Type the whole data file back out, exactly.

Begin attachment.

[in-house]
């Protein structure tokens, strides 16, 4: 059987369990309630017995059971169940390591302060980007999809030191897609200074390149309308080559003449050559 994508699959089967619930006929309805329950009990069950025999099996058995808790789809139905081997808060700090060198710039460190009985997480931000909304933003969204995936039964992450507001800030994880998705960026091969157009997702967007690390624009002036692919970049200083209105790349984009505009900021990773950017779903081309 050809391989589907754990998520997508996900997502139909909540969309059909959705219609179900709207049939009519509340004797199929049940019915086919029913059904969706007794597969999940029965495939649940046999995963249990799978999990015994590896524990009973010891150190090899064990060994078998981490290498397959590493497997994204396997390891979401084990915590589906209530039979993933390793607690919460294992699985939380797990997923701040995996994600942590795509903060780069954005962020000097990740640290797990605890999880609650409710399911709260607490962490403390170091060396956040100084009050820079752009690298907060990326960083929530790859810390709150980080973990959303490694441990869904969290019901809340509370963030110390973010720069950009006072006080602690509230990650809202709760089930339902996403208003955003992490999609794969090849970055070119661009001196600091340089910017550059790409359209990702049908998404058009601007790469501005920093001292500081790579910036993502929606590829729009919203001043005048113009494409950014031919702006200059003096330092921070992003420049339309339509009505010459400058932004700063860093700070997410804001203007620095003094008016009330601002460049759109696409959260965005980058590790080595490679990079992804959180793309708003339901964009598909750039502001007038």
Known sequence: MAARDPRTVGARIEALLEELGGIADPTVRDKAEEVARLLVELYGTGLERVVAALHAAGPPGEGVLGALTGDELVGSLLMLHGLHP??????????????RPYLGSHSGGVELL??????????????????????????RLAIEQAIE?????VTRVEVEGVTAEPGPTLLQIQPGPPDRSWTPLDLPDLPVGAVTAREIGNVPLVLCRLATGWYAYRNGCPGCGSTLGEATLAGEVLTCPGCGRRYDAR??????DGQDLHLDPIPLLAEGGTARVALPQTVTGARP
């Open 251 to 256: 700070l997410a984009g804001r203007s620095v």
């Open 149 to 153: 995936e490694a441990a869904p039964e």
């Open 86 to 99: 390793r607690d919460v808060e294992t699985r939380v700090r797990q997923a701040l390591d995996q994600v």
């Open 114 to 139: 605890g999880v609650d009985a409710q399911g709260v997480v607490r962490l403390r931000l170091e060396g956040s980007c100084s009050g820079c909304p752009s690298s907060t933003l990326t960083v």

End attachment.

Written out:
[in-house]
């Protein structure tokens, strides 16, 4: 059987369990309630017995059971169940390591302060980007999809030191897609200074390149309308080559003449050559 994508699959089967619930006929309805329950009990069950025999099996058995808790789809139905081997808060700090060198710039460190009985997480931000909304933003969204995936039964992450507001800030994880998705960026091969157009997702967007690390624009002036692919970049200083209105790349984009505009900021990773950017779903081309 050809391989589907754990998520997508996900997502139909909540969309059909959705219609179900709207049939009519509340004797199929049940019915086919029913059904969706007794597969999940029965495939649940046999995963249990799978999990015994590896524990009973010891150190090899064990060994078998981490290498397959590493497997994204396997390891979401084990915590589906209530039979993933390793607690919460294992699985939380797990997923701040995996994600942590795509903060780069954005962020000097990740640290797990605890999880609650409710399911709260607490962490403390170091060396956040100084009050820079752009690298907060990326960083929530790859810390709150980080973990959303490694441990869904969290019901809340509370963030110390973010720069950009006072006080602690509230990650809202709760089930339902996403208003955003992490999609794969090849970055070119661009001196600091340089910017550059790409359209990702049908998404058009601007790469501005920093001292500081790579910036993502929606590829729009919203001043005048113009494409950014031919702006200059003096330092921070992003420049339309339509009505010459400058932004700063860093700070997410804001203007620095003094008016009330601002460049759109696409959260965005980058590790080595490679990079992804959180793309708003339901964009598909750039502001007038």
Known sequence: MAARDPRTVGARIEALLEELGGIADPTVRDKAEEVARLLVELYGTGLERVVAALHAAGPPGEGVLGALTGDELVGSLLMLHGLHP??????????????RPYLGSHSGGVELL??????????????????????????RLAIEQAIE?????VTRVEVEGVTAEPGPTLLQIQPGPPDRSWTPLDLPDLPVGAVTAREIGNVPLVLCRLATGWYAYRNGCPGCGSTLGEATLAGEVLTCPGCGRRYDAR??????DGQDLHLDPIPLLAEGGTARVALPQTVTGARP
């Open 251 to 256: 700070l997410a984009g804001r203007s620095v």
């Open 149 to 153: 995936e490694a441990a869904p039964e």
């Open 86 to 99: 390793r607690d919460v808060e294992t699985r939380v700090r797990q997923a701040l390591d995996q994600v």
């Open 114 to 139: 605890g999880v609650d009985a409710q399911g709260v997480v607490r962490l403390r931000l170091e060396g956040s980007c100084s009050g820079c909304p752009s690298s907060t933003l990326t960083v």